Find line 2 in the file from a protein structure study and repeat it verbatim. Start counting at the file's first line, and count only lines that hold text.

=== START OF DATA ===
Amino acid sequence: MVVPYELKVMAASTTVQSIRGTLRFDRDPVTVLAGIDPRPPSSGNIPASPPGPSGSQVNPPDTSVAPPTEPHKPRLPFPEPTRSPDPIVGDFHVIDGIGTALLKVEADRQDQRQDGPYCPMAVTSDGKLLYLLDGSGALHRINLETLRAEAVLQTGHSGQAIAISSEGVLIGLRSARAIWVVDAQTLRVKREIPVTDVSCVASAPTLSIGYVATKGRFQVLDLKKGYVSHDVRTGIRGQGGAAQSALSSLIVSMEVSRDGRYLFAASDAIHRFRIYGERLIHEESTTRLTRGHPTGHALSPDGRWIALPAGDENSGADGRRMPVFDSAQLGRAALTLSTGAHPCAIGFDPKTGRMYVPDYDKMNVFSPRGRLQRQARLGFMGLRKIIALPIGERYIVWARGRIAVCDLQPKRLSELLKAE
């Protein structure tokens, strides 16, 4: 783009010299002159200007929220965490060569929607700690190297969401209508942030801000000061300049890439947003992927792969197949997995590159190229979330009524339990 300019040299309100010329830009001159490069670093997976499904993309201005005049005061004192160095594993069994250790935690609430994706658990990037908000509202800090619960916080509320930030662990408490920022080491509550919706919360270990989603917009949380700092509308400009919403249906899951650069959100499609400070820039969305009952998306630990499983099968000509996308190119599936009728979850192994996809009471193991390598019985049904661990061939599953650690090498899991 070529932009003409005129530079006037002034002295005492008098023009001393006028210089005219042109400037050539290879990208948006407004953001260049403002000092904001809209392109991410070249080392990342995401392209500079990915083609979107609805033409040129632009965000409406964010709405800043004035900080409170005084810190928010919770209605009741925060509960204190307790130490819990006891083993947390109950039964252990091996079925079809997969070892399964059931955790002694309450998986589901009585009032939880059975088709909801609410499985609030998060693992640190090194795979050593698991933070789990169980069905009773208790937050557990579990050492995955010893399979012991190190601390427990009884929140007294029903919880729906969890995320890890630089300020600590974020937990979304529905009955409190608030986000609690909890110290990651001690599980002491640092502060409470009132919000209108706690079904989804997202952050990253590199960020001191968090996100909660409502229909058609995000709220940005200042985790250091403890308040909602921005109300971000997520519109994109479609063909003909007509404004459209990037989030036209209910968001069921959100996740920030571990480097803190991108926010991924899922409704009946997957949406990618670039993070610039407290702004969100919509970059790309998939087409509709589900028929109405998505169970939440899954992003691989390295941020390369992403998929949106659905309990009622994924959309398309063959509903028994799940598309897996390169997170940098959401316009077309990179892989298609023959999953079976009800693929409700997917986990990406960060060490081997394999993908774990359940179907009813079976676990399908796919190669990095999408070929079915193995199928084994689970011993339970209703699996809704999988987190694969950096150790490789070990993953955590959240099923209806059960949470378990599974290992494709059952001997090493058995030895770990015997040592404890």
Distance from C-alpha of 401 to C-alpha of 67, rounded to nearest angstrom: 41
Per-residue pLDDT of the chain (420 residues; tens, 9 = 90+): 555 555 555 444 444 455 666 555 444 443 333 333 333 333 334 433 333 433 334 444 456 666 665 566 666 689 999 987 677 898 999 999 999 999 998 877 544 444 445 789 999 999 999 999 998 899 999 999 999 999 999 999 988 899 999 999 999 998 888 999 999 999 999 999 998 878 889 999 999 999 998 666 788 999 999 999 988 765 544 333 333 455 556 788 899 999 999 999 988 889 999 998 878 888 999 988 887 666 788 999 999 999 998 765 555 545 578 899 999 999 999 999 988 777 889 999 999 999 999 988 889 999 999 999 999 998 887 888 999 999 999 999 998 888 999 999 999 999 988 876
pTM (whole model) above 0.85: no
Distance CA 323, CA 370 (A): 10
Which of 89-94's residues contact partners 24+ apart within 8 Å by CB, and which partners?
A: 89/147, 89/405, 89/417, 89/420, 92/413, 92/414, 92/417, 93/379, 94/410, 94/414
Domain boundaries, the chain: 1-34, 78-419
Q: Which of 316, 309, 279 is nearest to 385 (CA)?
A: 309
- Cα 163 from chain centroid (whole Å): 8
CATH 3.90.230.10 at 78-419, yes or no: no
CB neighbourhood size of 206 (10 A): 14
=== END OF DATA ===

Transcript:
């Protein structure tokens, strides 16, 4: 783009010299002159200007929220965490060569929607700690190297969401209508942030801000000061300049890439947003992927792969197949997995590159190229979330009524339990 300019040299309100010329830009001159490069670093997976499904993309201005005049005061004192160095594993069994250790935690609430994706658990990037908000509202800090619960916080509320930030662990408490920022080491509550919706919360270990989603917009949380700092509308400009919403249906899951650069959100499609400070820039969305009952998306630990499983099968000509996308190119599936009728979850192994996809009471193991390598019985049904661990061939599953650690090498899991 070529932009003409005129530079006037002034002295005492008098023009001393006028210089005219042109400037050539290879990208948006407004953001260049403002000092904001809209392109991410070249080392990342995401392209500079990915083609979107609805033409040129632009965000409406964010709405800043004035900080409170005084810190928010919770209605009741925060509960204190307790130490819990006891083993947390109950039964252990091996079925079809997969070892399964059931955790002694309450998986589901009585009032939880059975088709909801609410499985609030998060693992640190090194795979050593698991933070789990169980069905009773208790937050557990579990050492995955010893399979012991190190601390427990009884929140007294029903919880729906969890995320890890630089300020600590974020937990979304529905009955409190608030986000609690909890110290990651001690599980002491640092502060409470009132919000209108706690079904989804997202952050990253590199960020001191968090996100909660409502229909058609995000709220940005200042985790250091403890308040909602921005109300971000997520519109994109479609063909003909007509404004459209990037989030036209209910968001069921959100996740920030571990480097803190991108926010991924899922409704009946997957949406990618670039993070610039407290702004969100919509970059790309998939087409509709589900028929109405998505169970939440899954992003691989390295941020390369992403998929949106659905309990009622994924959309398309063959509903028994799940598309897996390169997170940098959401316009077309990179892989298609023959999953079976009800693929409700997917986990990406960060060490081997394999993908774990359940179907009813079976676990399908796919190669990095999408070929079915193995199928084994689970011993339970209703699996809704999988987190694969950096150790490789070990993953955590959240099923209806059960949470378990599974290992494709059952001997090493058995030895770990015997040592404890």